The achievement wowed scientists and laypeople alike.

"Sometimes if you live long enough, dreams come true," said Stamatios "Tom" Krimigis, head emeritus of the Hopkins lab's space department and a 50-year veteran of planetary exploration. "My dream is coming true today."

Jenna Ledet was thrilled to get an invitation to the events from family friend Ann Harch, an engineer working on the mission.

Ledet, 21, is studying astronomy at Columbia University. She said listening to scientists discuss the mission had her hoping to one day analyze data from future planetary exploration.

"I can't wait to see what the results will be when they get more pictures and more pieces of the puzzle," Ledet said.

The intense worldwide interest in the mission caused NASA's main website to crash briefly.

Eight months after New Horizons was launched from Cape Canaveral in Florida in January 2006, Pluto was famously demoted from its status as the ninth planet in the solar system.

The International Astronomical Union voted on a three-part definition for a planet, and Pluto fell short: While it orbits the sun and has been rounded by gravity, it does not exert enough gravitational pull to clear its orbital path of other objects.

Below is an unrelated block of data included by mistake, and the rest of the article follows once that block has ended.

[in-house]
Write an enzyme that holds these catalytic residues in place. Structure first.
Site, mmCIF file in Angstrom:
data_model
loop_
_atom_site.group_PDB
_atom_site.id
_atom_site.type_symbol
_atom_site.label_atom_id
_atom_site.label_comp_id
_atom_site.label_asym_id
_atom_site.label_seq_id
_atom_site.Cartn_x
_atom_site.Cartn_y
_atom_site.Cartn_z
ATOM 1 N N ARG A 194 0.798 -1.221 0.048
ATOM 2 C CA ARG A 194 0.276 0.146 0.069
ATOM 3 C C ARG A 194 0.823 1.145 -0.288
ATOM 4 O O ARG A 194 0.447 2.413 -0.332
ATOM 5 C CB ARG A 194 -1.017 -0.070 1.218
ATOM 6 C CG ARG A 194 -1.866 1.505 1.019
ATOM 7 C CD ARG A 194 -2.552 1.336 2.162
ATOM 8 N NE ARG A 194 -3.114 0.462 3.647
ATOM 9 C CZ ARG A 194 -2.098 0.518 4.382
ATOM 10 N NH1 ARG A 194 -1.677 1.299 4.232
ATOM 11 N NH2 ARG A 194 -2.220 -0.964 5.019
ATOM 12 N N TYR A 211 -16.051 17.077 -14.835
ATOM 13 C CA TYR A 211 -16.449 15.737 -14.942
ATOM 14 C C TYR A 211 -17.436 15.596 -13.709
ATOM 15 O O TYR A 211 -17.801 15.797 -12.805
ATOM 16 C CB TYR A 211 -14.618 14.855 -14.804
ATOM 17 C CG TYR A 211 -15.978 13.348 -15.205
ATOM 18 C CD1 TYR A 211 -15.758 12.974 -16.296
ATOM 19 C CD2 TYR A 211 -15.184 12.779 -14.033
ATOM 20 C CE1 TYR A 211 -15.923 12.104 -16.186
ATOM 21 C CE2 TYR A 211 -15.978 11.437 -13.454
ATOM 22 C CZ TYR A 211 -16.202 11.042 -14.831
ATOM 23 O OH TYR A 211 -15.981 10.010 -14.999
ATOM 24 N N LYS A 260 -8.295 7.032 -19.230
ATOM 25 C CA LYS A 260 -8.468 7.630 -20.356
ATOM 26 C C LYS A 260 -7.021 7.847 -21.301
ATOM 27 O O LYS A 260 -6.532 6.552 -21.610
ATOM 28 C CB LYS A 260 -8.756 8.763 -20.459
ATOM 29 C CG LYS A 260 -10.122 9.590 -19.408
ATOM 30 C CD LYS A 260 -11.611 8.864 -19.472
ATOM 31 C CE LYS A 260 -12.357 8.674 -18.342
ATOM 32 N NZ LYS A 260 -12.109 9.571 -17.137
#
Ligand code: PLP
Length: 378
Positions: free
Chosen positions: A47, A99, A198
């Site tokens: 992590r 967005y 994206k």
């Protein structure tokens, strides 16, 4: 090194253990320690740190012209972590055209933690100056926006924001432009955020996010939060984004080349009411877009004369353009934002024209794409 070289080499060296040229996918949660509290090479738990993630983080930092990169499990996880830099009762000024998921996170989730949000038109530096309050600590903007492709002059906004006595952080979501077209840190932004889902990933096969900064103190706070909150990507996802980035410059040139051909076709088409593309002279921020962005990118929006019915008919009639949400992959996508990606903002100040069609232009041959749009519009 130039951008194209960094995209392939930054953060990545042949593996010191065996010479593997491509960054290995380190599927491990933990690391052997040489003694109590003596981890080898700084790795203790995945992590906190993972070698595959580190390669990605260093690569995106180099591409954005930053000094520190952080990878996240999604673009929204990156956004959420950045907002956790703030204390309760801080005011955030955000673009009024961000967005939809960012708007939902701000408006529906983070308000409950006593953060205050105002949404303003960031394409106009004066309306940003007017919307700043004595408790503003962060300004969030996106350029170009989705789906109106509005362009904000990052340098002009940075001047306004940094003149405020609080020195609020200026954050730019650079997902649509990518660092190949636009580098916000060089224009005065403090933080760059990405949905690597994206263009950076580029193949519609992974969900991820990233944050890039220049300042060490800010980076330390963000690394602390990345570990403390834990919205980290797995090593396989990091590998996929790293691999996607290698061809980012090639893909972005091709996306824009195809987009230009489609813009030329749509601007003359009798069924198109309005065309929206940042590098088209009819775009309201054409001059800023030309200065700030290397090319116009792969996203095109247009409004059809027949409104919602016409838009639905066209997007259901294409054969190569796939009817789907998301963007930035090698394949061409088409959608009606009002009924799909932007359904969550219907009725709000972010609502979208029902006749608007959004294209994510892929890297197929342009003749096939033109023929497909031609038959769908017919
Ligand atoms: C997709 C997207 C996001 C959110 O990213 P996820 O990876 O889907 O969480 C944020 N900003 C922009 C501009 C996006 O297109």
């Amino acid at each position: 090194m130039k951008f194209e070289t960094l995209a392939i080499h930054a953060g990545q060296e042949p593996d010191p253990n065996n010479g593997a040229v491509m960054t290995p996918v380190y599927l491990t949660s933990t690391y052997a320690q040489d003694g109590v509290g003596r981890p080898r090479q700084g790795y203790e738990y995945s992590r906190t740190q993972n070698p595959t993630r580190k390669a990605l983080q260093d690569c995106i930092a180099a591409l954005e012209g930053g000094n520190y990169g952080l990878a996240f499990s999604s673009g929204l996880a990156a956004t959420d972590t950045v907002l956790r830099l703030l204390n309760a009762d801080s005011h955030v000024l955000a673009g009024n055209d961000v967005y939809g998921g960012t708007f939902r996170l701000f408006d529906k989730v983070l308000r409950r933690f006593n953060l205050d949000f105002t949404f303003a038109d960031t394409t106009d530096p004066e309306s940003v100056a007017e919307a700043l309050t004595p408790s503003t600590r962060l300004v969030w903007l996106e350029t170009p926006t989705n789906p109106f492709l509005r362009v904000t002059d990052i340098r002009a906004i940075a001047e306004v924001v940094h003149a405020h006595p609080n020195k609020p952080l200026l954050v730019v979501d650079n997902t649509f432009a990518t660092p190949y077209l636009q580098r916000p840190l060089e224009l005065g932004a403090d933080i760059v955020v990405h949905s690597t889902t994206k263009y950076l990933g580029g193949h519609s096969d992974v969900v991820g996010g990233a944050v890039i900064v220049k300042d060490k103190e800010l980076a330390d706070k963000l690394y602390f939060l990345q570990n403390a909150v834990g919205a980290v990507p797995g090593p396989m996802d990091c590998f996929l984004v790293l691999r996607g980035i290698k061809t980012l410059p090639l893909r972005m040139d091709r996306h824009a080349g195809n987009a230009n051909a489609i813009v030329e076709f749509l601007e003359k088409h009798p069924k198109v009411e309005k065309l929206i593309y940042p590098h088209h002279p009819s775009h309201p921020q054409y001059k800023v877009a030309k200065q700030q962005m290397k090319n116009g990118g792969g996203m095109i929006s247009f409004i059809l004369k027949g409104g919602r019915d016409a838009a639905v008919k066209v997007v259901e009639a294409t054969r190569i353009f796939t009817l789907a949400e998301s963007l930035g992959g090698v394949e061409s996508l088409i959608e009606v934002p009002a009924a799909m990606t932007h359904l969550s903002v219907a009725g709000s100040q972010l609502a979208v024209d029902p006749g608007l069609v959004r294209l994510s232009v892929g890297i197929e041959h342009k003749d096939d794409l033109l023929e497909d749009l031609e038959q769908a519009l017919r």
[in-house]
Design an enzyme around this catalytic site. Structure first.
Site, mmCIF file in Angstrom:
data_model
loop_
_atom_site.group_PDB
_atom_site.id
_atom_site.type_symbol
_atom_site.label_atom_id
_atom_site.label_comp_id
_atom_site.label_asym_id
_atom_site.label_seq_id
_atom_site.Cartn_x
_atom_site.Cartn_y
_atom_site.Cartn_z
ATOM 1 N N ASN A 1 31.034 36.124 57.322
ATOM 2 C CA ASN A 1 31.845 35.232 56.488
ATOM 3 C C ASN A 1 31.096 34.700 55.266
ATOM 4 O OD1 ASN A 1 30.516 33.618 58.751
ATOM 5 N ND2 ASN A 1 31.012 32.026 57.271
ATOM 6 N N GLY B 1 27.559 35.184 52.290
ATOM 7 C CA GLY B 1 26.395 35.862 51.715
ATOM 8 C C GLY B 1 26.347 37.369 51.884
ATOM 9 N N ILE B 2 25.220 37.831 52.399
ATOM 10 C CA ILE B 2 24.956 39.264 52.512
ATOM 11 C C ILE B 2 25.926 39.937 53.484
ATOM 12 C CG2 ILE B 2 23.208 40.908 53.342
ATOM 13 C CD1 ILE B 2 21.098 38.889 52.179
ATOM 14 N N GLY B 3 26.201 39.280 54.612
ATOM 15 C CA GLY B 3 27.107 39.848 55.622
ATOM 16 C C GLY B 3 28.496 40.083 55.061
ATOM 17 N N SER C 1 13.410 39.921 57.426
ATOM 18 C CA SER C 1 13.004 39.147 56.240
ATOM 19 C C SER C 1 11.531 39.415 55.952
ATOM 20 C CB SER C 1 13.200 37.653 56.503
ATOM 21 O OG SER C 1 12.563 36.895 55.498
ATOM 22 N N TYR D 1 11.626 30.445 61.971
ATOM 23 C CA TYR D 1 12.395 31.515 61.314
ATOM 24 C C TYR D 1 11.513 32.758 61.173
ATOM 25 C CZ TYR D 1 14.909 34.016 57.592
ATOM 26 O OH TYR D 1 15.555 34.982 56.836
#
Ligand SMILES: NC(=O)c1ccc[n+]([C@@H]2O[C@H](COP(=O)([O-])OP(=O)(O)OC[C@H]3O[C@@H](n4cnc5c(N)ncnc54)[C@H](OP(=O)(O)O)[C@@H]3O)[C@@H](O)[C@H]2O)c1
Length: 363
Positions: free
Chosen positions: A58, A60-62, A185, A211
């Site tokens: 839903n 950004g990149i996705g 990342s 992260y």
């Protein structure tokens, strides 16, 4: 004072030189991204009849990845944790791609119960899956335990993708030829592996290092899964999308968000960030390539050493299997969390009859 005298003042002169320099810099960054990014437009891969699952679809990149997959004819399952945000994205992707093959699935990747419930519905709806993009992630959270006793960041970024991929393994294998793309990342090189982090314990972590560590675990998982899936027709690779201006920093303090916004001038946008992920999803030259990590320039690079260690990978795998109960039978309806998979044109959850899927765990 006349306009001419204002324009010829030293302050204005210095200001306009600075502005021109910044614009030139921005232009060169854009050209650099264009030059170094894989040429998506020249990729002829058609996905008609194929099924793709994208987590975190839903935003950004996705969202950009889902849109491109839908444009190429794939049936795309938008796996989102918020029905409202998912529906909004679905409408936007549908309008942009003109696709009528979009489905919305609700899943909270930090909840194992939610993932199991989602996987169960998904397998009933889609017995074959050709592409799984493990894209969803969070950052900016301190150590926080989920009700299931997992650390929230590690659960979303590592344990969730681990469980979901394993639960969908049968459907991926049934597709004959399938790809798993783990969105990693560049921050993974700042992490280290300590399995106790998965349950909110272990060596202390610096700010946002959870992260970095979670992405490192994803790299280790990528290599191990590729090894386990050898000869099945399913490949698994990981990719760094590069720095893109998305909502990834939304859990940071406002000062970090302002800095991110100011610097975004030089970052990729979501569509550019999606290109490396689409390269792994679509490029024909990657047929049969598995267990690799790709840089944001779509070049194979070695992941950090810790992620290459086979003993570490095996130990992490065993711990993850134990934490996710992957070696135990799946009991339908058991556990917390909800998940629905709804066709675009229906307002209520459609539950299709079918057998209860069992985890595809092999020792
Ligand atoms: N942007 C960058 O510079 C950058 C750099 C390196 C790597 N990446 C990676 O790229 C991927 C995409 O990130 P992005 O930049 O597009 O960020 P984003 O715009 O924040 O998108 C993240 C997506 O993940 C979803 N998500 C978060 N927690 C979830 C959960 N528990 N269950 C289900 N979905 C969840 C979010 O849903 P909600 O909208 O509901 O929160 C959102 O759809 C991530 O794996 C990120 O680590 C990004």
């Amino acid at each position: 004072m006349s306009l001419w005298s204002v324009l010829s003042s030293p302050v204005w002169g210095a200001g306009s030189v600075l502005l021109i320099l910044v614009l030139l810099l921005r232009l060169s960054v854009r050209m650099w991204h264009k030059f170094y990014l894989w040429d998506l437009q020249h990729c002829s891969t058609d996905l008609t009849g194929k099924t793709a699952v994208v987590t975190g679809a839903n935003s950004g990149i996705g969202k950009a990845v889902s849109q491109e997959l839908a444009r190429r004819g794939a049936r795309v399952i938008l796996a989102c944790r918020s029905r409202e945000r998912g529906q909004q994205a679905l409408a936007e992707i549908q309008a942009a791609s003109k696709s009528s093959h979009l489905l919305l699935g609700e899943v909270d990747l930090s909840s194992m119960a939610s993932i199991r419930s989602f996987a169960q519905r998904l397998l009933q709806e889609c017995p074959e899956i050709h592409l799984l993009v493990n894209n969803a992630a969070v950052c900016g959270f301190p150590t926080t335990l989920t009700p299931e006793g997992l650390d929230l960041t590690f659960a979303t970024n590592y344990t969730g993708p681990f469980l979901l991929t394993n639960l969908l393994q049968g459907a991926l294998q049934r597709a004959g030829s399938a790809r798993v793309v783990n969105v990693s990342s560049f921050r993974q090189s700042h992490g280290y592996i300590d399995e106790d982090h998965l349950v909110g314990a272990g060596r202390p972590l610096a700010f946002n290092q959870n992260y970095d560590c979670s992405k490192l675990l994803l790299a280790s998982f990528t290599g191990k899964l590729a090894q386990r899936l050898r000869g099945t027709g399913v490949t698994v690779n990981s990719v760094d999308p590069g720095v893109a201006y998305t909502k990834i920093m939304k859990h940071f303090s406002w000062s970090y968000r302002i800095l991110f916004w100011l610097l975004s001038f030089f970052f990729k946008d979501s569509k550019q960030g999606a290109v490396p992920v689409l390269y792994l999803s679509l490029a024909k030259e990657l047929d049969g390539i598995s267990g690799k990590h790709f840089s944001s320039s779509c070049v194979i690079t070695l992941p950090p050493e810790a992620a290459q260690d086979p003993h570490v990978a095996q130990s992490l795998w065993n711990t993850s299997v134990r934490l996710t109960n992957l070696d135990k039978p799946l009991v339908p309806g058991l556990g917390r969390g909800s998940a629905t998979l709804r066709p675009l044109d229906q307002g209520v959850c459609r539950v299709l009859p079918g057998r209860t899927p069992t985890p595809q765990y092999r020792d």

A young boy asked a panel of mission scientists Tuesday whether Pluto would be declared a planet again.

New Horizons co-investigator Fran Bagenal responded: "Dwarf people are people. Dwarf planets are planets."

The day was not without some suspense. Mission scientists waited 22 hours between their last contact with the spacecraft at 11:17 p.m. Monday and their first after the fly-by, which came just before 9 p.m. Tuesday.